|Died||June 16, 1974(aged 27–28)|
Raymond F. Boyce (1946–1974) was an American computer scientist who was known for his research in relational databases. He is best known for his work co-developing the SQL database language and Boyce-Codd normal form.
Boyce grew up in New York, and went to college at Providence College, from which he graduated in 1968. He earned his PhD in computer science at Purdue in 1972. His wife Sanndy, whom he met in college, was a nurse. After leaving Purdue, he worked on database projects for IBM in Yorktown Heights, New York. In the short period that he had, which was not quite two years long, he co-developed Boyce–Codd normal form. Together with Donald D. Chamberlin, he co-developed Structured Query Language (SQL) while managing the Relation Database development group for IBM in San Jose, California. He died in 1974 as a result of an aneurysm, leaving behind his wife Sanndy and his infant daughter Kristin.
SQL was initially co-developed at IBM by Boyce alongside Donald D. Chamberlin in the early 1970s. Initially called SEQUEL (Structured English Query Language) and based on their original language called SQUARE (Specifying Queries As Relational Expressions). SEQUEL was designed to manipulate and retrieve data in relational databases. By 1974, Chamberlin and Boyce published “SEQUEL: A Structured English Query Language” which detailed their refinements to SQUARE and introduced us to the data retrieval aspects of SEQUEL. It was one of the first languages to use Edgar F. Codd's relational model. SEQUEL was later renamed to SQL by dropping the vowels, because SEQUEL was a trade mark registered by the Hawker Siddeley aircraft company. Today, SQL has become the most widely used relational database language.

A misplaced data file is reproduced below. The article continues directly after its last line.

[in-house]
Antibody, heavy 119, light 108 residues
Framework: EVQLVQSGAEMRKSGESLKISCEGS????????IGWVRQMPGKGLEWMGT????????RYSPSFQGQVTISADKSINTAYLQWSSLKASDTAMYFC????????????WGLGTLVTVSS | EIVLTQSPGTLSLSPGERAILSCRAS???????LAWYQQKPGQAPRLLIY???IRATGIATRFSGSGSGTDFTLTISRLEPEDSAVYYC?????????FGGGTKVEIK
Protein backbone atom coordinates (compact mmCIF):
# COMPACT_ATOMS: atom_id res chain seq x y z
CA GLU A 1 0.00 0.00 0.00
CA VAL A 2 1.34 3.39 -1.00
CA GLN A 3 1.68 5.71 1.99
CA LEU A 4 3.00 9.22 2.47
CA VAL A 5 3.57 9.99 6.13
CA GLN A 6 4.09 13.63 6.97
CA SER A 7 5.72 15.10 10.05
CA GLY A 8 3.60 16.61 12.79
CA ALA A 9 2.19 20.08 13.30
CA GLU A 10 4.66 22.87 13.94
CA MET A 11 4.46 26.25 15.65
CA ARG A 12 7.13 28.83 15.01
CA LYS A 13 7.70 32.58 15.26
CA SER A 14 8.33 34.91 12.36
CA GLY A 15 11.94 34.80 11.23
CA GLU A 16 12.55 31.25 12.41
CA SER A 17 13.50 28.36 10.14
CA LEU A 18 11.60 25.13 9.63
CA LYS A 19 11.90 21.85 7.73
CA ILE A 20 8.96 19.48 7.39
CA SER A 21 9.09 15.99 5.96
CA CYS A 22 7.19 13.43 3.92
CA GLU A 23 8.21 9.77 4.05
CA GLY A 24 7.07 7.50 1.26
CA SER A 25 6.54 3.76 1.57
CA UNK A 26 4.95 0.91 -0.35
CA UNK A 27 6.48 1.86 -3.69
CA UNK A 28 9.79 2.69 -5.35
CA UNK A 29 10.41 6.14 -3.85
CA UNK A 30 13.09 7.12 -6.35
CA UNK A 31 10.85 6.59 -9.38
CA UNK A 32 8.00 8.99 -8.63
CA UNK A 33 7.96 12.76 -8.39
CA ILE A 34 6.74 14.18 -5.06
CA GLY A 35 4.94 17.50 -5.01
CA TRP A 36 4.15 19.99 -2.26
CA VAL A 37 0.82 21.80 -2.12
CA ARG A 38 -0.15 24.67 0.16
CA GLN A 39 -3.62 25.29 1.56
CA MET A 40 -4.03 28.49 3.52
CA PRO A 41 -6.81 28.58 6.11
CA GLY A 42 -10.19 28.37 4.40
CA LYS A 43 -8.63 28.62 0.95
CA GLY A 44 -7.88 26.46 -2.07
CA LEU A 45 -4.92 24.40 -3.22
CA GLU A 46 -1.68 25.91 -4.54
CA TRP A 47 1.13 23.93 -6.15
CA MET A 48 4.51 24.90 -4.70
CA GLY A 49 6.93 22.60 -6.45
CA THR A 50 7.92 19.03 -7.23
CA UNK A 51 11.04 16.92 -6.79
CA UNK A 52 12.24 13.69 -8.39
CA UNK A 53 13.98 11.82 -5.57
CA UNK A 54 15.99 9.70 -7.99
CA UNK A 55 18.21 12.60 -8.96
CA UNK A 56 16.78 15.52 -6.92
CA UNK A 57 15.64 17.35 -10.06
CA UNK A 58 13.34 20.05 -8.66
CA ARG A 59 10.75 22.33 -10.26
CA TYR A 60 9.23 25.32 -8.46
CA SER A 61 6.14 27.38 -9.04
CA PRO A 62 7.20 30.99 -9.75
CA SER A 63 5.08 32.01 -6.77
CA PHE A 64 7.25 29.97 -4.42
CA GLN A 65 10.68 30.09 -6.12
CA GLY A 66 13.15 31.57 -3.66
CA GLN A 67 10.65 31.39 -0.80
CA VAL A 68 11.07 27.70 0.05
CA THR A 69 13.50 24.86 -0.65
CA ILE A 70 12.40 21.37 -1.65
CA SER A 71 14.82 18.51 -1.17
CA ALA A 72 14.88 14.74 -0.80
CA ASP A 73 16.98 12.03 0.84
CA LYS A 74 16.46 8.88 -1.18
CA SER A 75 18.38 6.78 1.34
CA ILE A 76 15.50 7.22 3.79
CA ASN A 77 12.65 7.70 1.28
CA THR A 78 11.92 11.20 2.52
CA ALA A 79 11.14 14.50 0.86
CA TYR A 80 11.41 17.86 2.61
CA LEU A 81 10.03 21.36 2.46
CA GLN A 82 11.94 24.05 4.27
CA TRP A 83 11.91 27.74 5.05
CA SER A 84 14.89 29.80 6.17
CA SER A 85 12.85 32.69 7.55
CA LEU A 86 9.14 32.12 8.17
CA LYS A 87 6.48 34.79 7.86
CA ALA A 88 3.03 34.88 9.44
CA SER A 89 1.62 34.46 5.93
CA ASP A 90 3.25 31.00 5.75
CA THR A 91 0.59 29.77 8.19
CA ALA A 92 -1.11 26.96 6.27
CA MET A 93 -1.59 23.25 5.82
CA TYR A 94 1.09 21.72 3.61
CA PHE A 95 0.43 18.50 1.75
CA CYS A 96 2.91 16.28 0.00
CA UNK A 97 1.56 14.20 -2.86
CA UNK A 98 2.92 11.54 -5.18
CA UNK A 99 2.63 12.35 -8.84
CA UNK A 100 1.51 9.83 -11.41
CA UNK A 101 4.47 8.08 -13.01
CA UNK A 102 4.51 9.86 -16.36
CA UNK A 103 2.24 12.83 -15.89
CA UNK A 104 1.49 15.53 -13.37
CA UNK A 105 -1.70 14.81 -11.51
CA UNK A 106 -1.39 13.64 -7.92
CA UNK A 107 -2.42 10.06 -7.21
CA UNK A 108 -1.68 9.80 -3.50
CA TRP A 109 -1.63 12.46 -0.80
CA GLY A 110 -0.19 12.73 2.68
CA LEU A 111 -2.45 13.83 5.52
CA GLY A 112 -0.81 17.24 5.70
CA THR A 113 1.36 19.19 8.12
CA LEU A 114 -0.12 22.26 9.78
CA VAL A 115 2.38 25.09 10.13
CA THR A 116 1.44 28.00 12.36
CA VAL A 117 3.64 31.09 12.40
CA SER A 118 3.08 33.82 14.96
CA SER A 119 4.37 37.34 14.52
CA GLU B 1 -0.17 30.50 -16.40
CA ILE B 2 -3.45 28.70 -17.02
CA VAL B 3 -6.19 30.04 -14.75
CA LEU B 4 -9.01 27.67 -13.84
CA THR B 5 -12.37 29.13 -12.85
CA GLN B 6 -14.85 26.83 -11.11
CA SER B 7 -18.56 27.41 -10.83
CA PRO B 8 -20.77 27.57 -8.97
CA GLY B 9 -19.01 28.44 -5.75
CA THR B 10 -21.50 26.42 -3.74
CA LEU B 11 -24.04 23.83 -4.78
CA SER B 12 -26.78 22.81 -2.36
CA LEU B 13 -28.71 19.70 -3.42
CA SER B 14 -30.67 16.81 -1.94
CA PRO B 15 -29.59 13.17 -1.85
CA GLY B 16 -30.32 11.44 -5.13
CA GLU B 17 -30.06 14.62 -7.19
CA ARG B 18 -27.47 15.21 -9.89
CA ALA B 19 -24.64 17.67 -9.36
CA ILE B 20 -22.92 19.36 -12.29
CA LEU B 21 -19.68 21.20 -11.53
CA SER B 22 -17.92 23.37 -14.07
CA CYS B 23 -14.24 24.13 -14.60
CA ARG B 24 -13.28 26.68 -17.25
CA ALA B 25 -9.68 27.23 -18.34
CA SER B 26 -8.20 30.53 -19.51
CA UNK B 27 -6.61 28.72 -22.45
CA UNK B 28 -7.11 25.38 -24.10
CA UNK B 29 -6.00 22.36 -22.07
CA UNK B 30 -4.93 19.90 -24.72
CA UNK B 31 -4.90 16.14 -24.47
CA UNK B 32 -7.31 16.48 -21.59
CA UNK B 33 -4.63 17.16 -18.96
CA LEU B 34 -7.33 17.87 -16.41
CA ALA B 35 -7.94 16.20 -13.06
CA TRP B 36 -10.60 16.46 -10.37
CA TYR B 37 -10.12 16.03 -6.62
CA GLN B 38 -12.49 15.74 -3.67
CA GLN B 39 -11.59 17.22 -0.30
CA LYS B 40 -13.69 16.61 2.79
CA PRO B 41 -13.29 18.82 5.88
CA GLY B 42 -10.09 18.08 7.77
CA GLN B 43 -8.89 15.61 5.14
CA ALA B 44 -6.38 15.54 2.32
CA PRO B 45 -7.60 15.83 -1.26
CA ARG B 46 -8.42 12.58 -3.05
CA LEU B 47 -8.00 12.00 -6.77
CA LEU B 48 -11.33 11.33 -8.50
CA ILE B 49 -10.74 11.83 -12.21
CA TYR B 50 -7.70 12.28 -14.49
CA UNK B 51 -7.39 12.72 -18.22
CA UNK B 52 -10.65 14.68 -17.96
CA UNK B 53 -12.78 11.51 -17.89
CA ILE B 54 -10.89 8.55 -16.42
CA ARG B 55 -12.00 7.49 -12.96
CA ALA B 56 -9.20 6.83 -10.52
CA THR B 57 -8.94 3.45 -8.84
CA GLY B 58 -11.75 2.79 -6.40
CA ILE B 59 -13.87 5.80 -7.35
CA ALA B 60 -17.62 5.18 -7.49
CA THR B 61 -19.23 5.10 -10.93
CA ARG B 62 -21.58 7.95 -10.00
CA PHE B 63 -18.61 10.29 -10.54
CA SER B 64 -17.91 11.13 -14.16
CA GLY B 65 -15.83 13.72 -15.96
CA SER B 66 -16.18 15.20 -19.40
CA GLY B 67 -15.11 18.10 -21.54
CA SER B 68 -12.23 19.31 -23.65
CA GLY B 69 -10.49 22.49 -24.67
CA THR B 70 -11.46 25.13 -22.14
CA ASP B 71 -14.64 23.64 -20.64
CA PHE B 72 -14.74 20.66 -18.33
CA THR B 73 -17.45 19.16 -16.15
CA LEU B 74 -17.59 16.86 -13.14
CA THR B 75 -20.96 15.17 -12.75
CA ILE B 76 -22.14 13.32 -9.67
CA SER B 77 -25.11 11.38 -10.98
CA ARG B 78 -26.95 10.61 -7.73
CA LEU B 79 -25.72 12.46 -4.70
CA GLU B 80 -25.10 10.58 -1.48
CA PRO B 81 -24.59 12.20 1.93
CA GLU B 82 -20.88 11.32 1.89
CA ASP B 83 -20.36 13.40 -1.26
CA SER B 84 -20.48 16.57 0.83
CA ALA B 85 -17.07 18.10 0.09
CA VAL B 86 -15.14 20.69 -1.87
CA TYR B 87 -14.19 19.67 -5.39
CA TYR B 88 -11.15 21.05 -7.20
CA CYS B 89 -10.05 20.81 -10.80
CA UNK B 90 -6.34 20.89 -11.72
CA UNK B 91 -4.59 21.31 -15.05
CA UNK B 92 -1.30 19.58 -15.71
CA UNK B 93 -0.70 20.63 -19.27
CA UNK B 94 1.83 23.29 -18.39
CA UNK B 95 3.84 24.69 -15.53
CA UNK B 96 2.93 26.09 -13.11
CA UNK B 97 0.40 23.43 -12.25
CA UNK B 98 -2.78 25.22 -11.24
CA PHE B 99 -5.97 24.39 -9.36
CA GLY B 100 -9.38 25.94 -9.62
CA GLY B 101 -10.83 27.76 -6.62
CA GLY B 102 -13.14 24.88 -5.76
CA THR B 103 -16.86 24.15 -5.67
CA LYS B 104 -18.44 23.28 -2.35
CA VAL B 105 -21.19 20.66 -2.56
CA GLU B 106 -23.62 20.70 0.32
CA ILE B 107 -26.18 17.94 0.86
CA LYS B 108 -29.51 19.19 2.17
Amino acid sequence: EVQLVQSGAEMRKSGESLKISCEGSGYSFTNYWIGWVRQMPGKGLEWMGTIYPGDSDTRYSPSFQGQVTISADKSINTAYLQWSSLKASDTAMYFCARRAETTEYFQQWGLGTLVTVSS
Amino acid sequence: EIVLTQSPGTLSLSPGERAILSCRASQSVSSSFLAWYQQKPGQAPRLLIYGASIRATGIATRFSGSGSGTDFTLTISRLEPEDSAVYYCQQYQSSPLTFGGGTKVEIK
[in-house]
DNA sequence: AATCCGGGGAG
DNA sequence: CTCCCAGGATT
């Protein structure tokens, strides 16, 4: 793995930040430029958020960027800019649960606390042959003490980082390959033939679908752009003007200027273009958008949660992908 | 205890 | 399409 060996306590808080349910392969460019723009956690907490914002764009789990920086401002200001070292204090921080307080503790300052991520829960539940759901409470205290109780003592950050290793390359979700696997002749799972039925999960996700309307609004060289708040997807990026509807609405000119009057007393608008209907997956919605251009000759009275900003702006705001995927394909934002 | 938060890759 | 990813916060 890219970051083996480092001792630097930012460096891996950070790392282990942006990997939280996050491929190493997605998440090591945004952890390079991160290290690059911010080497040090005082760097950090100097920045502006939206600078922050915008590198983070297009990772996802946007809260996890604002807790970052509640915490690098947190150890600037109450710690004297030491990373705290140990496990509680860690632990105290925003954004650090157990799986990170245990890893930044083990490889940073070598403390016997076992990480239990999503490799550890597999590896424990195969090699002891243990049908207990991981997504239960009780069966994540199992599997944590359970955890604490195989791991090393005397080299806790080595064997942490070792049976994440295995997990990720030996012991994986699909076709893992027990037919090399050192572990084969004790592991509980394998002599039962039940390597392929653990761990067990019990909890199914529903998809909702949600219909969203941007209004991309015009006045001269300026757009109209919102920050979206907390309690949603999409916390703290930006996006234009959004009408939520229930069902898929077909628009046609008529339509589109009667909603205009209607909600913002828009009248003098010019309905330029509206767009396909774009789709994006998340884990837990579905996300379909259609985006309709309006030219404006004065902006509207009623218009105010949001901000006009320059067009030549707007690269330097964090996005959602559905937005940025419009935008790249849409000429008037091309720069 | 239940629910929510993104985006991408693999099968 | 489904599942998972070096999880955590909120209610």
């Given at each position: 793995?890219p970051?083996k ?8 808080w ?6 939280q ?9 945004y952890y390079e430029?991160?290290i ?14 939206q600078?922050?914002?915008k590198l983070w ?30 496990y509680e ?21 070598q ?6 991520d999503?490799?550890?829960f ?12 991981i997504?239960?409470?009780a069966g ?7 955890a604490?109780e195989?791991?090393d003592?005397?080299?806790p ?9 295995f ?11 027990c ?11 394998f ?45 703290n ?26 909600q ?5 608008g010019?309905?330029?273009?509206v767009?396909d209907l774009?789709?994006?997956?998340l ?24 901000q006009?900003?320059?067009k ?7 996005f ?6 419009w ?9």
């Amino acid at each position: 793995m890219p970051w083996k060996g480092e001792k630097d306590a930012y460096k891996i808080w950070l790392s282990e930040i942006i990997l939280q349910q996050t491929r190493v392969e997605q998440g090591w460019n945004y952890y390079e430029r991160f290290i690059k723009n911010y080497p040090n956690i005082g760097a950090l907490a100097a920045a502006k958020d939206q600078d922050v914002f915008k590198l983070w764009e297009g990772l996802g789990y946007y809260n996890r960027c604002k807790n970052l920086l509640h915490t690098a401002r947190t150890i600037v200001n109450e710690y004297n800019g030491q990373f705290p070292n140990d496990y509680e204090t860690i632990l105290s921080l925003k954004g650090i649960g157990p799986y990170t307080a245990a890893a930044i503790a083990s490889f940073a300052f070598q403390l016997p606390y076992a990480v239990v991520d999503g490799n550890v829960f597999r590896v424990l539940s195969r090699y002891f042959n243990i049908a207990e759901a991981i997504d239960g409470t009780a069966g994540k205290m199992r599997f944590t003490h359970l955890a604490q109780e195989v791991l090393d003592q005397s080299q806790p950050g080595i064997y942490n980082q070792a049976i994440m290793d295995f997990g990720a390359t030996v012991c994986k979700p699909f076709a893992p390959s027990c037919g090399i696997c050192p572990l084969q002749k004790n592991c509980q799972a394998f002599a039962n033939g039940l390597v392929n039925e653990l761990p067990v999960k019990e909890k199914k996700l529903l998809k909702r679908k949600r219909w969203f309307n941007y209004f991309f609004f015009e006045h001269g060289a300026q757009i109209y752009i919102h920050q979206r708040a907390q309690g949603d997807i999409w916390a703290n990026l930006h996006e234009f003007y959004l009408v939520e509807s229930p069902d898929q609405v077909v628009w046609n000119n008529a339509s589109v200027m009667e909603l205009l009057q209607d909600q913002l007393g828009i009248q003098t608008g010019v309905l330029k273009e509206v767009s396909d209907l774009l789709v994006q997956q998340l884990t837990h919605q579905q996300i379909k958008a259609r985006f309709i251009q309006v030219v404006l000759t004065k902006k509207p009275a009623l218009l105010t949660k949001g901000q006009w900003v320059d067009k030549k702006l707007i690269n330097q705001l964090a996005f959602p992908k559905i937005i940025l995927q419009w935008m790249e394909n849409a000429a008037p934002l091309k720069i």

Boyce-Codd normal form
Boyce–Codd normal form (or BCNF) was developed in 1974 by Boyce and Edgar F. Codd. It is a type of normal form that is used in database normalization. The goal of relational database design is to generate a set of database schemas that store information without unnecessary redundancy. Boyce-Codd accomplishes this and allows users to retrieve information easily. Using BCNF, databases will have all redundancy removed based on functional dependencies. It is a slightly stronger version of the third normal form.
- "Dean's List Released For Past Semester". The Cowl. Providence College. September 27, 1967.
- Chamberlin, Donald (July 21, 2009). "Chamberlin, Donald oral history" (PDF). Oral history collection (Interview). Interviewed by Paul McJones. Mountain View, California: Computer History Museum. p. 19.
- Chris Collins (20 May 2007). "History of SQL". blog.
- "Structured Query Language (SQL)". International Business Machines. October 27, 2006. Retrieved 2007-06-10.
- The 1995 SQL Reunion: People, Projects, and Politics (early history of SQL)
- “SEQUEL: A Structured English Query Language” D.D. Chamberlin and R.F. Boyce, Proc. ACM SIGMOD Workshop on Data Description, Access and Control, Ann Arbor, Michigan (May 1974) pages 249-264.
- Raymond F. Boyce's gravestone at findagrave.com